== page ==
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Good news (for a change) for Mexican journalists

5 January 2007

I had thought about writing on this issue, but I’m glad I waited.  Nobody, in English or Spanish, comes close to writing as clearly on Mexican politics as the Herald’s Kelly Arthur Garrett:

Mexican journalism got a boost this week when a Mexico City judge threw out defamation charges against journalist and author Lydia Cacho.

Press freedom advocates generally praised the decision, and Cacho herself told the media she felt like “a survivor of corruption and political power.”

But as welcome as it may have been for Cacho´s peace of mind, Judge Lorenzo Medina´s ruling was a limited one. It marks a new beginning, not the end, of the Mexican media´s quest to criticize wrongdoing without fear of politically based repercussions, including jail time.

Nor does it end the confrontation between Cacho and the man who filed the defamation charges against her – Puebla textile magnate Kamel Nacif. The Supreme Court will soon take up Cacho´s claim that Nacif and Puebla Gov. Mario Marín conspired to violate her civil rights by subjecting her to mental and physical abuse during her December 2005 arrest.

To Cacho, the official harassment and the defamation accusation were two sides of the same coin – the use of the law by the rich (Nacif) and powerful (Marín) to stifle criticism.

Nacif, who was caught on audio tape arranging Cacho´s arrest with Marín, was identified as close to alleged pedophile Jean Succar Kuri in Cacho´s 2005 book “The Demons of Eden.” He promptly filed libel and defamation charges against the Cancún-based journalist, both criminal offenses.

The libel accusation was soon dropped, while the defamation charge stuck until Judge Medina´s decision Tuesday.

Libel (calumnia) is a false accusation in print; defamation (difamación) is any imputation communicated in bad faith that could harm a person´s reputation, even if it´s true.

But the case against Cacho was never decided on its merits. Instead, Cacho caught a break when the trial was moved from Puebla (where the charges were originally filed) to Quintana Roo (where she lives and works), and then to the capital (where “The Demons of Eden” was published).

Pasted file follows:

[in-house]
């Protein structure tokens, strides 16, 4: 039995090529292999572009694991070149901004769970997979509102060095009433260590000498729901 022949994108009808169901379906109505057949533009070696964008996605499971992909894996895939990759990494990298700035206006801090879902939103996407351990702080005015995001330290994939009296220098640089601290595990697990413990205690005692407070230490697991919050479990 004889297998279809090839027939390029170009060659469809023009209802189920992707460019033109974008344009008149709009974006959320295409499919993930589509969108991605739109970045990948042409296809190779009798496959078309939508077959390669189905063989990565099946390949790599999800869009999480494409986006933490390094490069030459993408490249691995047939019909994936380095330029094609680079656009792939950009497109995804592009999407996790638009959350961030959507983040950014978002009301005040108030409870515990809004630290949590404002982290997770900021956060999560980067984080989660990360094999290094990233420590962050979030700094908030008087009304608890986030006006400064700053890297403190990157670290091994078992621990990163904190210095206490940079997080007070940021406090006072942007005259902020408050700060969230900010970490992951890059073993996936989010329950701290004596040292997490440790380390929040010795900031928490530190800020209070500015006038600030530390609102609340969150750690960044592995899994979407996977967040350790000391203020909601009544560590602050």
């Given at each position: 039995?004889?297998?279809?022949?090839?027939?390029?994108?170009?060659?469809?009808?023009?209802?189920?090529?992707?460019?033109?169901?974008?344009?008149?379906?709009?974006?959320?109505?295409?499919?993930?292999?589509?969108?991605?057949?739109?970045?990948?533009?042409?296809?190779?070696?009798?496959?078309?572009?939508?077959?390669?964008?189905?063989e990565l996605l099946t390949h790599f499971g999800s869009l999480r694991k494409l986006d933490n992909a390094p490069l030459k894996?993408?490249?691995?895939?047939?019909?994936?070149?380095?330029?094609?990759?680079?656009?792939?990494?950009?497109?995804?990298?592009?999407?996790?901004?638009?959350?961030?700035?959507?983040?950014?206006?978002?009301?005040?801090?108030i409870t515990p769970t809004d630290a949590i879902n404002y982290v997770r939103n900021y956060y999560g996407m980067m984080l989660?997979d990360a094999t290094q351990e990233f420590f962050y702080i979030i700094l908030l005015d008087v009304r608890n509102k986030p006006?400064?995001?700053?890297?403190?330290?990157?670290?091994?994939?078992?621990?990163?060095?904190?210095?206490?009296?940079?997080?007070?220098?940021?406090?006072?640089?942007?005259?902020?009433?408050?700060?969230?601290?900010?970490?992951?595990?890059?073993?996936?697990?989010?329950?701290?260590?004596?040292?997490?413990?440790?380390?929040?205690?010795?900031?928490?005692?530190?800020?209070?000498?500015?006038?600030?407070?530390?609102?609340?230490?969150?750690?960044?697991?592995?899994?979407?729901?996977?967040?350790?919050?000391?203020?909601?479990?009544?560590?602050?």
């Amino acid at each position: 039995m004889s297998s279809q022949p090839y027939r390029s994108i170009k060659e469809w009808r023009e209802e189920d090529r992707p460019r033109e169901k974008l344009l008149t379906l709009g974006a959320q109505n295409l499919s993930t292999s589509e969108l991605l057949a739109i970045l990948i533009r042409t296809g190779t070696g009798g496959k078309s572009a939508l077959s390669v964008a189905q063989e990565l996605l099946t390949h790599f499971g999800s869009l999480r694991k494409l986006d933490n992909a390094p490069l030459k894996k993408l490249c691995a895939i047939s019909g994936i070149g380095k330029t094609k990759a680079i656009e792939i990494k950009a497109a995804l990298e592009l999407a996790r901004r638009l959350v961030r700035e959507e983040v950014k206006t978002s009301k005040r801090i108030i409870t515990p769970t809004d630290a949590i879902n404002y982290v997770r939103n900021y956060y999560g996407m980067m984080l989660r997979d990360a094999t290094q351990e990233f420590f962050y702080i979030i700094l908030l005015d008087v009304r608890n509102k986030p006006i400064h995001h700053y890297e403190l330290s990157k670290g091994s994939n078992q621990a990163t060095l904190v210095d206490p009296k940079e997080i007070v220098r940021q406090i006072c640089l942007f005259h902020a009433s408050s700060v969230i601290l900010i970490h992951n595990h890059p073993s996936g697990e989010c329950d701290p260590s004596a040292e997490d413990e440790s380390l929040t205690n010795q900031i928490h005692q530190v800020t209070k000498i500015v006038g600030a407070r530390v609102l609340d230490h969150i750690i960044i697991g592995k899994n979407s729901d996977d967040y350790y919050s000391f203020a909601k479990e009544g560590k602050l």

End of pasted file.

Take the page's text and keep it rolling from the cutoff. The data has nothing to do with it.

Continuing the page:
Just months earlier, Mexico City legislators had officially decriminalized defamation.

“The judge dismissed the charges because in Mexico City there is no crime of defamation to be charged with,” said Carlos Lauría, who monitors the Americas for the Committee to Protect Journalists. “If it were still in Puebla, she probably would have been prosecuted.”

Therein lies the unresolved issue. Mexico City is the only entity that has decriminalized defamation, meaning any journalist outside the capital who uncovers negative information about anybody runs the risk of criminal charges if it´s printed or aired.

“Fearing that you´ll end up in prison obviously has a chilling effect on a journalist,” Lauría said in a phone interview from New York Thursday. “So you may self-censor and not raise important issues like the sexual exploitation of children that Lydia did raise.”

Free-press activists want defa- mation and libel to be civil rather than criminal offenses, with economic penalties rather than prison sentences, and a reasonable burden of proof on the plaintiff. Otherwise, they say, the law is a weapon against the press.

“Current cases of abuse against journalists, such as the Cacho case, are clear examples of how the law is being applied,” Sen. Carlos Sotelo said. “Far from protecting a person´s honor, it´s used to silence critical discussion.”

Sotelo, a member of the Democratic Revolution Party (PRD), was speaking in support of legislation that would decriminalize libel and defamation nationwide. The bill has been passed by the Chamber of Deputies and sent to the Senate. Its future is uncertain.

“We´d like to see President Calderón use the power of his office and work with Congress to expedite this reform,” said Lauría. “This bill needs to be approved promptly so journalists will no longer face the threat of jail for what they write.” © 2007 Copyright El Universal-El Universal Online

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